January 27, 2010
For as long as I can remember I have been fascinated with the Panama Canal. It is one of the modern world’s true feats of engineering, and I just could not bear to leave Panama without seeing it. So I pushed back my appointment at the Suzuki dealer and decided to squeeze in an hour and a half visit of the Panama Canal.
Better than nothing I figured.
So I packed up the bike, said my good-byes at the hostal, and left. Well, almost left. Cough, sputter, no spark, nothing. Bike would not start. Not even with the “choke” trick from yesterday (even though it was 912 degrees). Must be the bad gas we got in the Darien. GRRR!
Ok, I got off the bike, took my motorcycle clothes off, gave the bike (and myself) a rest, and tried again. Still it would not start. ARGH! I was supposed to be meeting JP (we met at the Costa Rica border) at the Miraflores Locks (the best place to view the Canal AND where the tours happen to be). DRAT!
So in a huff I whip out the laptop, clump inside the hostal in my motorcycle clothes, and sit down. I knew Edward was online, and since he’s my mechanic when he’s my travel partner, I asked his advice. Dump the bad gas he says.
Great. But I do not have time for this. Time is ticking away, eating away the only hour and a half I had to see the Panama Canal. I do not know how to clean carburetors, much less have time to schlep to the gas station to get a container into which to pour the bad gas, nor a lace to get rid of the bad gas, so I can go BACk to the gas station to get fresh gas. ARGH! Frustration s HIGH.
Added to all this is the fact that I MUST get the bike fixed. I’d been looking in every city, calling every shop, between Oaxaca and Panama trying to find a chain and sprockets for my bike. I’d also had lots of local motorcyclists helping m look as well…Eduardo in San Pedro Sula, Honduras, had one of his shop guys look all day around Honduras for parts for my bike…they even went so far as to take the sprockets off and compare them to sprockets of other bikes all over town…
Now to you non-motorcyclists, understand that these are vital pieces, because they are part of the drive chain. If the sprockets fail, no more GO. I HAD to get this repair.
And my escort to the Suzuki dealership, Adolfo, was meeting me at the Miraflores Locks at 10:30. Adolfo is a fellow motorcyclist and a friend of a friend in the BMW motorcycle network in Central America, and in general a nice guy. We’d been corresponding a couple of weeks, and as it turned out he was going to make my life unimaginably easy by helping me with the flight from Panama to Colombia. He was also salvation in the form of a friendly face in frantic panama city, AND he’s been the one to figure out that the Suzuki shop has the arts I’d been looking for for over 3000 miles. So I NEEDED to meet him at 10:30. The pressure was immense.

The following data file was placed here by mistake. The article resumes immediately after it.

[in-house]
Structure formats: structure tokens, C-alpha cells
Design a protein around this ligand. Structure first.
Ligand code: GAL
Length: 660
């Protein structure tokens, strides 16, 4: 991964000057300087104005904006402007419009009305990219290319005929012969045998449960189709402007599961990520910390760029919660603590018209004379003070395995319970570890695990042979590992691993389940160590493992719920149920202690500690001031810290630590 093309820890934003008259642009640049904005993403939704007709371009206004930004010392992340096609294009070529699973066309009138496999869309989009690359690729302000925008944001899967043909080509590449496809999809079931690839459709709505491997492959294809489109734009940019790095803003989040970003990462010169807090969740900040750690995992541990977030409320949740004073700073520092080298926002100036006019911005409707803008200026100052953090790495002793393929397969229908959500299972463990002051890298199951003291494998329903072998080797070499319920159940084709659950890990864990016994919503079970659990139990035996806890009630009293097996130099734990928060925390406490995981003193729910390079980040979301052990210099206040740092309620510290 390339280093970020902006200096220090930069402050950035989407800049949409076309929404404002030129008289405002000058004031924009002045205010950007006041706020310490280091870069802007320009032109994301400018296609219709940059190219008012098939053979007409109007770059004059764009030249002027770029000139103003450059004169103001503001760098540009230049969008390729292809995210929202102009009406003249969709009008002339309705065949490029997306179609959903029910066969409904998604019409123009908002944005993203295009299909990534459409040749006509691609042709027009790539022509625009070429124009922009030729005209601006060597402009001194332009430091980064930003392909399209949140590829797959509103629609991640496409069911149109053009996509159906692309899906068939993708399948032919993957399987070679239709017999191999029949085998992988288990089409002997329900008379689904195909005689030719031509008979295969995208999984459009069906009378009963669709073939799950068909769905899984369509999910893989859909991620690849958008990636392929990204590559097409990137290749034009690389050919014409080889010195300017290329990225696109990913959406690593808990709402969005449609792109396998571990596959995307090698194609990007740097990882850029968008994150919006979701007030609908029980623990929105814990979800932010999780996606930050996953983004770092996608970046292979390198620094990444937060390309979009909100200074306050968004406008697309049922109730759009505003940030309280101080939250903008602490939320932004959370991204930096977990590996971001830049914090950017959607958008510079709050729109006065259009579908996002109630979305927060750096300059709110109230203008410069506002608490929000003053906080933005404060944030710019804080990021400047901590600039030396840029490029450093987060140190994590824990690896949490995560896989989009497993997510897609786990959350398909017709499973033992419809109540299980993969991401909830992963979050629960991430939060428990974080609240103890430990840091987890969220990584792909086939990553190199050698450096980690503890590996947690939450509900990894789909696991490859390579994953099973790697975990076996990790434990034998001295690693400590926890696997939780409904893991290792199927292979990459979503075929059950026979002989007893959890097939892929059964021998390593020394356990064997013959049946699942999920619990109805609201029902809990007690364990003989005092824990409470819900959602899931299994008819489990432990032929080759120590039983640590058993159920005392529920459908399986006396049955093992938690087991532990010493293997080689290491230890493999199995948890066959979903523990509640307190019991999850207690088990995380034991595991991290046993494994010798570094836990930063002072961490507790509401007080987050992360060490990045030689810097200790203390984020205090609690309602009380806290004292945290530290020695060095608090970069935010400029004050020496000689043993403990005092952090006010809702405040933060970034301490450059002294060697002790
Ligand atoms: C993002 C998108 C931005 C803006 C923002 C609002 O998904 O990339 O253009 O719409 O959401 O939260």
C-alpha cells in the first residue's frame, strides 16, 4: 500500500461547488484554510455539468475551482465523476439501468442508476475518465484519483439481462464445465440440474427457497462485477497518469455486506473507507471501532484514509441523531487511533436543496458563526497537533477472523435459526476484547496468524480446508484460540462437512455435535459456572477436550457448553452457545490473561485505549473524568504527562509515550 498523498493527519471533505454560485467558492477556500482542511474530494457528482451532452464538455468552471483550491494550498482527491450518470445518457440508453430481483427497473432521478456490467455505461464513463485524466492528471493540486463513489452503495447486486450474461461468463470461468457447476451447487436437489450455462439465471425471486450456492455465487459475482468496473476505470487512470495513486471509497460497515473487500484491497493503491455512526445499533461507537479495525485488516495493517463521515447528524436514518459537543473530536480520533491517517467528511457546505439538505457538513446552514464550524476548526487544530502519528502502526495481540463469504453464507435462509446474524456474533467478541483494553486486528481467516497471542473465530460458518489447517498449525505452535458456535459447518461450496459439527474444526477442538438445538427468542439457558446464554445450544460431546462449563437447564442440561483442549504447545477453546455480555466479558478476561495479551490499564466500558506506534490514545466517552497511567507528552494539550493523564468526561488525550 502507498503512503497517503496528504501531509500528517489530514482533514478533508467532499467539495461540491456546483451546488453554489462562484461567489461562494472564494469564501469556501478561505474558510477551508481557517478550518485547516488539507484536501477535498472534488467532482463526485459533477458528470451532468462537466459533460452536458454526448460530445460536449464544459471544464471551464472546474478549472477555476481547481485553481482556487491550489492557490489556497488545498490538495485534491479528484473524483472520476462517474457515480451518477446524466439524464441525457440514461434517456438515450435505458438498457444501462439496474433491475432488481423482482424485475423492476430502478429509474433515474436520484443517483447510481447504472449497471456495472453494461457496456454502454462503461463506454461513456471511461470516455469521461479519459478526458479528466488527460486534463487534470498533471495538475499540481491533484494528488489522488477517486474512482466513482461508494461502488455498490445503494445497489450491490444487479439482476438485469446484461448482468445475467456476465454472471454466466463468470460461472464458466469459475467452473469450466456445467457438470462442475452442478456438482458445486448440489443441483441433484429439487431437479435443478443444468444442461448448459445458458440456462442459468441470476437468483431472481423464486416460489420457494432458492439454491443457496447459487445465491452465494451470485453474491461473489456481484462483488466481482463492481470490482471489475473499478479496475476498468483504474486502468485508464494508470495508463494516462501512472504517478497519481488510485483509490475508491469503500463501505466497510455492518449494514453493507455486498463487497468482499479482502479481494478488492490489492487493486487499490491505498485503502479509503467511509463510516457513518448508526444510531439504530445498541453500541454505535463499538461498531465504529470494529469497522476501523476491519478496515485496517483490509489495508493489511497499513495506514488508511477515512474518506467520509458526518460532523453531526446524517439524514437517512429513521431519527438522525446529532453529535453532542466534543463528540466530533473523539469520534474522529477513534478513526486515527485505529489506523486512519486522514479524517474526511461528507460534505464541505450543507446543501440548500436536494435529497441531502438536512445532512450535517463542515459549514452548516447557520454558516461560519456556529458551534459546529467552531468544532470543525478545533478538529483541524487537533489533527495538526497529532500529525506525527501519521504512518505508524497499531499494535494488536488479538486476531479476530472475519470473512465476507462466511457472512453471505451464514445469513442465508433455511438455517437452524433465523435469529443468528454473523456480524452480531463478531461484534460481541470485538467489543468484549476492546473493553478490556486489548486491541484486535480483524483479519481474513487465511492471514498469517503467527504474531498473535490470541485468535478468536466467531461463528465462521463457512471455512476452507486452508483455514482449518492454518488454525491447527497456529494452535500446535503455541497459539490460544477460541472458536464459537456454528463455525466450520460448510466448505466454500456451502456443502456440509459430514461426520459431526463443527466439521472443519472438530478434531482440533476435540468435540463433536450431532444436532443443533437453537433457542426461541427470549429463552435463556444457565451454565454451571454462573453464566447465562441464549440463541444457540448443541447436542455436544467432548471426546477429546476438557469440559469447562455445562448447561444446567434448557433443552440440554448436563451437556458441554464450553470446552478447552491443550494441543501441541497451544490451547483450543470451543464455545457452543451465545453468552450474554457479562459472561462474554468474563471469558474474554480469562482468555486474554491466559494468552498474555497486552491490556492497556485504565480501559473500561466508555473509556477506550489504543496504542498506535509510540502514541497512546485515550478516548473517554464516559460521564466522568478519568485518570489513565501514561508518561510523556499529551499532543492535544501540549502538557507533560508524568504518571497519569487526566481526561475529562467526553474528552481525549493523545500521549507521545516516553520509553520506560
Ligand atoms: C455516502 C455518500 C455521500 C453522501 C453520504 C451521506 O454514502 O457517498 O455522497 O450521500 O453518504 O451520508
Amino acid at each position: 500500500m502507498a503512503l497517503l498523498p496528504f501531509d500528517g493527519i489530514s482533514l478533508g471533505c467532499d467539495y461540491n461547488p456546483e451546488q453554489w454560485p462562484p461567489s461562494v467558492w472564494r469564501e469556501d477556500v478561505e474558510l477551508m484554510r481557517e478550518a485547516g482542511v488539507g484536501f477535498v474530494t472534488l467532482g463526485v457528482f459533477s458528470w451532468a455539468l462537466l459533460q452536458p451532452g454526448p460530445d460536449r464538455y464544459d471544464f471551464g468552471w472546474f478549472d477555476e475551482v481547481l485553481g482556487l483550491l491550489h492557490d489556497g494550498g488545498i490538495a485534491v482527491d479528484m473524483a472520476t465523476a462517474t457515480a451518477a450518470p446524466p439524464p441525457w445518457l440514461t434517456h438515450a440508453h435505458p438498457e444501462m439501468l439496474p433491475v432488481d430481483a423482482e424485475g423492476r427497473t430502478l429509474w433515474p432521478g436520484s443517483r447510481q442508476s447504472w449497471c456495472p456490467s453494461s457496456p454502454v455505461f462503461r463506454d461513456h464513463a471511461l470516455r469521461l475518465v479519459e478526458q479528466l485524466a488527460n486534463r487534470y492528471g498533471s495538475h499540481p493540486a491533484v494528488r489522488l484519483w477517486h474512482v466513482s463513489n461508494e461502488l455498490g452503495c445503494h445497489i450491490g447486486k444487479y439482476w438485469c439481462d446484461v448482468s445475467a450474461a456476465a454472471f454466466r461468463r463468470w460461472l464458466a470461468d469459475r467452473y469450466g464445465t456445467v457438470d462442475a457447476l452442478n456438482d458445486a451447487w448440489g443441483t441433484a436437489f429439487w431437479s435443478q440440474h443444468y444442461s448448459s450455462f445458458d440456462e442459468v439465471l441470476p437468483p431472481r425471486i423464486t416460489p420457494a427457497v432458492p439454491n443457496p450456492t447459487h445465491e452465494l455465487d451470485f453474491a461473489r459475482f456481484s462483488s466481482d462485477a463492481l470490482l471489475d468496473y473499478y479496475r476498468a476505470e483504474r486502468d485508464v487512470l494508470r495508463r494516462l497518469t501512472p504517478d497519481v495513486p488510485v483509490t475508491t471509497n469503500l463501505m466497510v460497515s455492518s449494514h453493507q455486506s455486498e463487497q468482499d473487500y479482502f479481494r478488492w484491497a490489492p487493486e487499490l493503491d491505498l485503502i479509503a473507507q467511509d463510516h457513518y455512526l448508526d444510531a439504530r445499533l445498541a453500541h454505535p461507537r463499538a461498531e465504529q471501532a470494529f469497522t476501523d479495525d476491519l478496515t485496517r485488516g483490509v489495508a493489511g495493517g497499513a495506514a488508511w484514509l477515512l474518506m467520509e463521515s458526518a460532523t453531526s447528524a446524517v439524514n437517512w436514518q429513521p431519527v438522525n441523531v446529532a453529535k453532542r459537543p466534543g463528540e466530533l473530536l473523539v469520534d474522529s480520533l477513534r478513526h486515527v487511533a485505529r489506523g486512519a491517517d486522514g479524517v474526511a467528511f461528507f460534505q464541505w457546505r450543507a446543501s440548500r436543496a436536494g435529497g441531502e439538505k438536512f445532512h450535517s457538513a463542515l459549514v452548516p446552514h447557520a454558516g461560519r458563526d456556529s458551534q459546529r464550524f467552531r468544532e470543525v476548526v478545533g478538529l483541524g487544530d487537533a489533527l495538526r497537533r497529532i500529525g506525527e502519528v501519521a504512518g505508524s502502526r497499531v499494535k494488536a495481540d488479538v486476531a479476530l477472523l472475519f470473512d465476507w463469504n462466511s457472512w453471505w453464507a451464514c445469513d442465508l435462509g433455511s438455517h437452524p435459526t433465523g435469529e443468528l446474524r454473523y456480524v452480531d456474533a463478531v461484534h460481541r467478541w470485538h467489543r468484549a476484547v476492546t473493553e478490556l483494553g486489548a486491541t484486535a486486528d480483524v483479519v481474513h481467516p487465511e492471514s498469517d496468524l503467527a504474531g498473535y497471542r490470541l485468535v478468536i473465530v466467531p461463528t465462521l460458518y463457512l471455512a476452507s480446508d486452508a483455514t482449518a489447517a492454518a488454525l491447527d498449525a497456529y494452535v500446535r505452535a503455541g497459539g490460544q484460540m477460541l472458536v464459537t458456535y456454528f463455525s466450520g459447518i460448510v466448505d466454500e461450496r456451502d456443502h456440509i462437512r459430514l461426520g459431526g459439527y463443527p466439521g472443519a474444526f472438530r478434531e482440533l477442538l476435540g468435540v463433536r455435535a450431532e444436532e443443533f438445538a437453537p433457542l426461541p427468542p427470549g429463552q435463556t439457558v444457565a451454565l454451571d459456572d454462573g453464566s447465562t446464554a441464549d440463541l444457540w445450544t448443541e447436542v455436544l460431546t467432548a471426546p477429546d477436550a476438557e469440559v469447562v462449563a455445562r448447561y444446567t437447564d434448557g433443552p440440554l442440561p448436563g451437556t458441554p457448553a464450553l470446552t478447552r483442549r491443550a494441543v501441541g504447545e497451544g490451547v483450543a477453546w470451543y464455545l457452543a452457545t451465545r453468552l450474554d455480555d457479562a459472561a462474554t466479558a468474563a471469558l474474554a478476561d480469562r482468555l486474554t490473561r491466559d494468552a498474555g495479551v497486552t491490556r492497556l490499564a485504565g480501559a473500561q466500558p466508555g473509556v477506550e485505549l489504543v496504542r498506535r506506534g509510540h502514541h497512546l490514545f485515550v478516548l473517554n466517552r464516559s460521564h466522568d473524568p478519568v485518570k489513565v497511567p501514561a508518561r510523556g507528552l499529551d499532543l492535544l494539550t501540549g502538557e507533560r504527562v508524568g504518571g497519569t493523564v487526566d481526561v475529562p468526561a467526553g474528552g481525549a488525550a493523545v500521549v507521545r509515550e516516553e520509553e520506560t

oh yeah, and did I mention that our flight to Colombia was the next day? I HAD to meet Adolfo and 10:30 and I HAD to get to the Suzuki dealer. I also HAD to pick up my tires at UPS that Twisted Throttle had sent me. I did not need the new rubber yet thanks to the incredibly durable MEFO tires I’d been sporting all through Central America, but I needed to collect them nonetheless because shipping from the states is SO expensive.
OK, back to the bike…
I hung up on Edward, frustrated, and went back outside. Tried again to start, SHOOT! nothing. About this time another motorcyclist (German) came out of the hostal hearing my false attempts to start, and nicely offered advice as I did what Edward said would be the simplest thing to start with: drain the carburetor. OK, that I could do quickly and easily, so I got out the tools, performed the operation, and VROOM! Sputter.
Mr. Nice German told me to try again and this time Wank on the throttle. Ok, no more Ms Nice motorcyclist, the engine caught again and I revved the dickens out of the engine. Oofa, not a happy engine, but at least it was running.
Ok, a sweaty drippy mess by now, frantic beyond belief, I only had 40 minutes before meeting Adolfo
Vroom, off I coughed and sputtered to Miraflores
Stop at the guard gate at Miraflores and the guard wants to know what I want.
I WANT TO SEE THE FREAKING PANAMA CANAL. WHY THE HECK DO YOU THINK I AM HERE///??!?!?!?!?
I circle around the parking lot, trying to figure out where to go. Wait, another parking lot closer to the giant steps,
Cool! A slew of bikes–six, count ’em, SIX KLRs. I’m the odd girl out.
Lock everything onto the bike, RACE up the stairs
to stand in line to buy a ticket.
Security asks if I am carrying any weapons. No. Knives, tools, any armas?
Sheisa. I have my multitool in one pocket and my pocket knife in the other
Race back down the stairs,
run to bike, open Trax box, insert “weapons”,
race BACK to the building, climb stairs,
wait in line at security, tell them I have no armas (different people this time)
Did I mention it was 957 degrees out and I am wearing a full motorcycle suit and leather / gore-tex boots?
wait at elevator
elevator door opens, JP pops out going to the “presentation” that I’d really like to go but cannot, dammit, because by golly I am going to get a photo of the freaking Panama Canal or end this trip right here, so I hop into overcrowded elevator
and arrive at the observation deck.
The overcrowded observation deck.
I look for a spot along the railing so I can see the excitement, and
See Igor crammed in between a bunch of other tourists.
I reach an arm in, $500 camera exposed over the railing, trying to get my gosh darned pictures.
Nice guy that he is, Igor relinquishes his spot at the railing to me, and I snap some pics. pretty incredible.
I have to go.
I say goodbye to Igor, and thanks, and reluctantly go out to the bikes, back down the stairs
and as I am doing so I see Adolfo pulling in.
Better than nothing I figured. Enjoy my pics.
In the parking lot i (very briefly!) met two of the KLR riders. i said hello and left with Adolfo.